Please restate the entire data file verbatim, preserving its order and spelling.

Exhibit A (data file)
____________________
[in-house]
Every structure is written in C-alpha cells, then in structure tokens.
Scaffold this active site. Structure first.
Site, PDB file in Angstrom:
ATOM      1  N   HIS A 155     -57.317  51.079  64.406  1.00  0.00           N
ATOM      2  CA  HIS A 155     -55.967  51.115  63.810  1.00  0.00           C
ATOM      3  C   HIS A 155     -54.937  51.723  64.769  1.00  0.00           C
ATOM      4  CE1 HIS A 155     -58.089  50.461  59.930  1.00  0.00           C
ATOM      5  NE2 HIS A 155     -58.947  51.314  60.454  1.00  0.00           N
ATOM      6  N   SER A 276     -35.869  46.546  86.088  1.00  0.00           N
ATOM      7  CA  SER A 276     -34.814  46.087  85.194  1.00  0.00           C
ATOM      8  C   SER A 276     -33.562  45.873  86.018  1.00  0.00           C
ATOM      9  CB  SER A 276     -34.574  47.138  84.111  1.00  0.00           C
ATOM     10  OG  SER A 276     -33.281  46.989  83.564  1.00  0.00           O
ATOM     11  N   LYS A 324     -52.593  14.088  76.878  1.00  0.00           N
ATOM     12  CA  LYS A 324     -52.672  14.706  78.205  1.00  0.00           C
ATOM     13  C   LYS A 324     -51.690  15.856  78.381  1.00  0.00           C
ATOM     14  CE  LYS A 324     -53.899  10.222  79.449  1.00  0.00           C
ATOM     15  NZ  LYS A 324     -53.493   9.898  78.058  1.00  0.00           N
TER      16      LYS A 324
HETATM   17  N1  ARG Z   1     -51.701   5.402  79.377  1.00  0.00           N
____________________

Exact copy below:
[in-house]
Every structure is written in C-alpha cells, then in structure tokens.
Scaffold this active site. Structure first.
Site, PDB file in Angstrom:
ATOM      1  N   HIS A 155     -57.317  51.079  64.406  1.00  0.00           N
ATOM      2  CA  HIS A 155     -55.967  51.115  63.810  1.00  0.00           C
ATOM      3  C   HIS A 155     -54.937  51.723  64.769  1.00  0.00           C
ATOM      4  CE1 HIS A 155     -58.089  50.461  59.930  1.00  0.00           C
ATOM      5  NE2 HIS A 155     -58.947  51.314  60.454  1.00  0.00           N
ATOM      6  N   SER A 276     -35.869  46.546  86.088  1.00  0.00           N
ATOM      7  CA  SER A 276     -34.814  46.087  85.194  1.00  0.00           C
ATOM      8  C   SER A 276     -33.562  45.873  86.018  1.00  0.00           C
ATOM      9  CB  SER A 276     -34.574  47.138  84.111  1.00  0.00           C
ATOM     10  OG  SER A 276     -33.281  46.989  83.564  1.00  0.00           O
ATOM     11  N   LYS A 324     -52.593  14.088  76.878  1.00  0.00           N
ATOM     12  CA  LYS A 324     -52.672  14.706  78.205  1.00  0.00           C
ATOM     13  C   LYS A 324     -51.690  15.856  78.381  1.00  0.00           C
ATOM     14  CE  LYS A 324     -53.899  10.222  79.449  1.00  0.00           C
ATOM     15  NZ  LYS A 324     -53.493   9.898  78.058  1.00  0.00           N
TER      16      LYS A 324
HETATM   17  N1  ARG Z   1     -51.701   5.402  79.377  1.00  0.00           N